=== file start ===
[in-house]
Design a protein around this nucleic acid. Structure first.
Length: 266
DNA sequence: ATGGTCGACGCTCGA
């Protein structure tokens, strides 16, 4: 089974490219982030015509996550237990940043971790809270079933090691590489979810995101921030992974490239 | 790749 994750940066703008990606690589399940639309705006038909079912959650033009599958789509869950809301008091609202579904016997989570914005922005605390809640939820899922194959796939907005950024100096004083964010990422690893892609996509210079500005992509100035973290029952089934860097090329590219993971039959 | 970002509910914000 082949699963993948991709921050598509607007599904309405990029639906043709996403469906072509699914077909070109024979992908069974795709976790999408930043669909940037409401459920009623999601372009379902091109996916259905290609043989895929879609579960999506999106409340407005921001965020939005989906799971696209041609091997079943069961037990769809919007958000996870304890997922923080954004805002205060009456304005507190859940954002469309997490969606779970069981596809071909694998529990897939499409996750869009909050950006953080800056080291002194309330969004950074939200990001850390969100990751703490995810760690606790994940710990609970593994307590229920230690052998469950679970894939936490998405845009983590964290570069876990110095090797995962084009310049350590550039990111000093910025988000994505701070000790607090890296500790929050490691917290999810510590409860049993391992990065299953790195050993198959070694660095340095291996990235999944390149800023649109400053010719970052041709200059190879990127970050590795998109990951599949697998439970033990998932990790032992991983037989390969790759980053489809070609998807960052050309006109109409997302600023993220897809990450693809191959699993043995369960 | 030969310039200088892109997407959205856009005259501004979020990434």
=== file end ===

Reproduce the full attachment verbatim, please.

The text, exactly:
[in-house]
Design a protein around this nucleic acid. Structure first.
Length: 266
DNA sequence: ATGGTCGACGCTCGA
């Protein structure tokens, strides 16, 4: 089974490219982030015509996550237990940043971790809270079933090691590489979810995101921030992974490239 | 790749 994750940066703008990606690589399940639309705006038909079912959650033009599958789509869950809301008091609202579904016997989570914005922005605390809640939820899922194959796939907005950024100096004083964010990422690893892609996509210079500005992509100035973290029952089934860097090329590219993971039959 | 970002509910914000 082949699963993948991709921050598509607007599904309405990029639906043709996403469906072509699914077909070109024979992908069974795709976790999408930043669909940037409401459920009623999601372009379902091109996916259905290609043989895929879609579960999506999106409340407005921001965020939005989906799971696209041609091997079943069961037990769809919007958000996870304890997922923080954004805002205060009456304005507190859940954002469309997490969606779970069981596809071909694998529990897939499409996750869009909050950006953080800056080291002194309330969004950074939200990001850390969100990751703490995810760690606790994940710990609970593994307590229920230690052998469950679970894939936490998405845009983590964290570069876990110095090797995962084009310049350590550039990111000093910025988000994505701070000790607090890296500790929050490691917290999810510590409860049993391992990065299953790195050993198959070694660095340095291996990235999944390149800023649109400053010719970052041709200059190879990127970050590795998109990951599949697998439970033990998932990790032992991983037989390969790759980053489809070609998807960052050309006109109409997302600023993220897809990450693809191959699993043995369960 | 030969310039200088892109997407959205856009005259501004979020990434």